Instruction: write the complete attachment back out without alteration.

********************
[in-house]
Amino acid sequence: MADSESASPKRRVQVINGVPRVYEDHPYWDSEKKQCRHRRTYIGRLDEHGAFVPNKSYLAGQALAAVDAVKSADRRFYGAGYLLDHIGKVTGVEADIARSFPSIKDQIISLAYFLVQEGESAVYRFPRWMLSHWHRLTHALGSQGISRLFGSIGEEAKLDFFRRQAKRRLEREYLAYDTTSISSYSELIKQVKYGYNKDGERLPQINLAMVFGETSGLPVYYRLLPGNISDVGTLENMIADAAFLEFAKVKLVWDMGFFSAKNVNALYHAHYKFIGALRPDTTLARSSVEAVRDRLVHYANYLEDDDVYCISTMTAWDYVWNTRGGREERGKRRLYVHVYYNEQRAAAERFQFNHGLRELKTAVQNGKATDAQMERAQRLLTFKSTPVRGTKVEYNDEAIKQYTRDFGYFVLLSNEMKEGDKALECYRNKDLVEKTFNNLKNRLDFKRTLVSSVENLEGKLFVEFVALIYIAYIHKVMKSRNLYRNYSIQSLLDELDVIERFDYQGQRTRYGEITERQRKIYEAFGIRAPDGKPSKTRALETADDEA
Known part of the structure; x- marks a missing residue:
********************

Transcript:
[in-house]
Amino acid sequence: MADSESASPKRRVQVINGVPRVYEDHPYWDSEKKQCRHRRTYIGRLDEHGAFVPNKSYLAGQALAAVDAVKSADRRFYGAGYLLDHIGKVTGVEADIARSFPSIKDQIISLAYFLVQEGESAVYRFPRWMLSHWHRLTHALGSQGISRLFGSIGEEAKLDFFRRQAKRRLEREYLAYDTTSISSYSELIKQVKYGYNKDGERLPQINLAMVFGETSGLPVYYRLLPGNISDVGTLENMIADAAFLEFAKVKLVWDMGFFSAKNVNALYHAHYKFIGALRPDTTLARSSVEAVRDRLVHYANYLEDDDVYCISTMTAWDYVWNTRGGREERGKRRLYVHVYYNEQRAAAERFQFNHGLRELKTAVQNGKATDAQMERAQRLLTFKSTPVRGTKVEYNDEAIKQYTRDFGYFVLLSNEMKEGDKALECYRNKDLVEKTFNNLKNRLDFKRTLVSSVENLEGKLFVEFVALIYIAYIHKVMKSRNLYRNYSIQSLLDELDVIERFDYQGQRTRYGEITERQRKIYEAFGIRAPDGKPSKTRALETADDEA
Known part of the structure; x- marks a missing residue: